You certainly don’t need to go beyond the title to understand the content and purpose of Mark Cobb’s well-maintained blog, which was a finalist in the 2013 Best Construction Blog competition. His blog is undoubtedly worthy of bookmarking if you either are doing or plan to do business in Georgia. Yet his blog also has relevance elsewhere — in fact Virginia construction law blogger Chris Hill recently asked him to write a guest post because of impending changes in Georgia that have foundations in Virginia legislation.
Cobb also reported on the recent Supreme Court decision that confirmed limits on “forum selection” clauses in contracts, that can, if not limited, create onerous burdens on smaller contractors and sub-contractors in enforcing their claims.
Why The U.S. Supreme Court Upheld the Trial Court’s Decision: The Supreme Court recognized states rights in not overruling the Court of Appeals Decision. And, in fact, the Supreme Court’s holding states that when a federal court considers the forum for a case, “the court should not consider the parties’ private interests aside from those embodied in the forum-selection clause; it may consider only public interests.” By authorizing public policy as a part of a court’s decision to transfer or dismiss a case, the Supreme Court recognized state sovereignty as well as the need for public interest to enforce states laws.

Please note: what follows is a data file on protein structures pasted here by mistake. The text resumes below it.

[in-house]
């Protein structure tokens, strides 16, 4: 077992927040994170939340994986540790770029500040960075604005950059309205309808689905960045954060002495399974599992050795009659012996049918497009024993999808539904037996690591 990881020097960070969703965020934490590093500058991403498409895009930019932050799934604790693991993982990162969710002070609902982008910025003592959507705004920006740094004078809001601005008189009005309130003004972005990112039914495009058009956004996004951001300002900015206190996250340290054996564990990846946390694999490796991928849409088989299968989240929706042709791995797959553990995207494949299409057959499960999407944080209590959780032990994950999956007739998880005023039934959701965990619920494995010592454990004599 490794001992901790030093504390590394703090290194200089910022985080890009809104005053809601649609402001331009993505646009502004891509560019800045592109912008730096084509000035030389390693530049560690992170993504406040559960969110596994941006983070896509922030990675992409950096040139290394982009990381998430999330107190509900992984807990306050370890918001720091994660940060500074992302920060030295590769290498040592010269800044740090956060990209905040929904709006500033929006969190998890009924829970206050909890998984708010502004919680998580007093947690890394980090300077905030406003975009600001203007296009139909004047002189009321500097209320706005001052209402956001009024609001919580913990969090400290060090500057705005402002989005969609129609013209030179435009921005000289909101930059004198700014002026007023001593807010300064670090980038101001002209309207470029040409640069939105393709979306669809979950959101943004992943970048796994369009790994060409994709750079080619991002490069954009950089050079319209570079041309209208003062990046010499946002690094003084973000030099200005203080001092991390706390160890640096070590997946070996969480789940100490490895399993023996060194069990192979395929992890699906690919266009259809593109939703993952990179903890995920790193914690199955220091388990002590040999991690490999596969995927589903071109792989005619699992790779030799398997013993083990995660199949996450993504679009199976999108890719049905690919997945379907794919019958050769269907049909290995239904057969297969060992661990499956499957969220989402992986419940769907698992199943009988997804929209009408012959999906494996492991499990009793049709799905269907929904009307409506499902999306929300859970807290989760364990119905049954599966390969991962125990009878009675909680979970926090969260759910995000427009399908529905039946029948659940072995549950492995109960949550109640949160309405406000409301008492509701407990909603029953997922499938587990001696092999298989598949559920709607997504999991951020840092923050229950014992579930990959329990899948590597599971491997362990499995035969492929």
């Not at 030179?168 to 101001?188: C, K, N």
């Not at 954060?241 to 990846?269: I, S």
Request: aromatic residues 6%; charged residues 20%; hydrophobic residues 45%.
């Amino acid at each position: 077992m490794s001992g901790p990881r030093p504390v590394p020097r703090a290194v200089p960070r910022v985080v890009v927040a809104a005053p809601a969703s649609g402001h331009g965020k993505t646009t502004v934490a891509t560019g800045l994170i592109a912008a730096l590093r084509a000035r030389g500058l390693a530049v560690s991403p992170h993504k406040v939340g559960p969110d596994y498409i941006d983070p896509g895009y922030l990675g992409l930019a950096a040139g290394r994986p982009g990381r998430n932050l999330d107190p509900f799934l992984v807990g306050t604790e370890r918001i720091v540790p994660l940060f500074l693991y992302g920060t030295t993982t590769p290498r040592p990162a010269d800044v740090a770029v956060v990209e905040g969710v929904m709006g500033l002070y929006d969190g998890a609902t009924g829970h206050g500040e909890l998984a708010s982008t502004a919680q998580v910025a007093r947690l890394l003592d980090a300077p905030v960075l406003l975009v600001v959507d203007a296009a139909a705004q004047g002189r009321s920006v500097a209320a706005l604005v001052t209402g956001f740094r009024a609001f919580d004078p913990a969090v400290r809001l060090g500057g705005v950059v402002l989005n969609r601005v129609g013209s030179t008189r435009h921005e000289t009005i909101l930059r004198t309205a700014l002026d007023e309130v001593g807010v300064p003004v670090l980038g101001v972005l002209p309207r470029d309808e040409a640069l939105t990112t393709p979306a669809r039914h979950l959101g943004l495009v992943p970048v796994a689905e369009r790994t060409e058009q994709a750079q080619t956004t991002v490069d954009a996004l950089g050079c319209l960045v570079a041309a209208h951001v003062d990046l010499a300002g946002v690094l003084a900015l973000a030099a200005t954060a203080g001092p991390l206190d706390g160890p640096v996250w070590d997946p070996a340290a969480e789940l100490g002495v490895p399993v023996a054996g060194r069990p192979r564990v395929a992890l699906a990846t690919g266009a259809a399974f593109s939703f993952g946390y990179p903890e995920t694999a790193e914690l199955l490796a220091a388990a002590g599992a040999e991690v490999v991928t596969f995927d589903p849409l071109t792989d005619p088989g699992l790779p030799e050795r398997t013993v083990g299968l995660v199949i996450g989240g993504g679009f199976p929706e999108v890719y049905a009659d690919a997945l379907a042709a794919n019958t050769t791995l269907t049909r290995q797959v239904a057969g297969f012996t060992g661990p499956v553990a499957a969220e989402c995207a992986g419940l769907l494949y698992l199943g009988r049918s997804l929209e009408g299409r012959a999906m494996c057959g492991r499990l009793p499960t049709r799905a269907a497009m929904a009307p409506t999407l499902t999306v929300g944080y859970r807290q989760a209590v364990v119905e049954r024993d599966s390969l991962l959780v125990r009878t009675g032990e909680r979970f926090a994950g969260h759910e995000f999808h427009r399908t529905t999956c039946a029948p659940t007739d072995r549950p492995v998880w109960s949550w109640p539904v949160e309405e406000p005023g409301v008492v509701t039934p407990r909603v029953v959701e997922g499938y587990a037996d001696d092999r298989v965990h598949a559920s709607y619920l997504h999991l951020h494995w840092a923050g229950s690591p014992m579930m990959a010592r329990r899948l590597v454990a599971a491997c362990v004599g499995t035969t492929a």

Important Lessons for Subcontractors and Suppliers: Although Atlantic Marine did not render all forum selection clauses in construction contracts unenforceable, it does permit a balance between parties’ rights to contract and public policy. In addition, Atlantic Marine is a great reminder of the importance that even a seemingly insignificant subcontract term can hold in a construction contract. Frequently, forum-selection provisions are buried deep within the “boiler plate” terms of the construction contract; parties entering into contract must pay attention to each of these terms including the forum selection clauses.
You will find worthy content in Cobb’s blog, which is a worthy competitor in this year’s competition.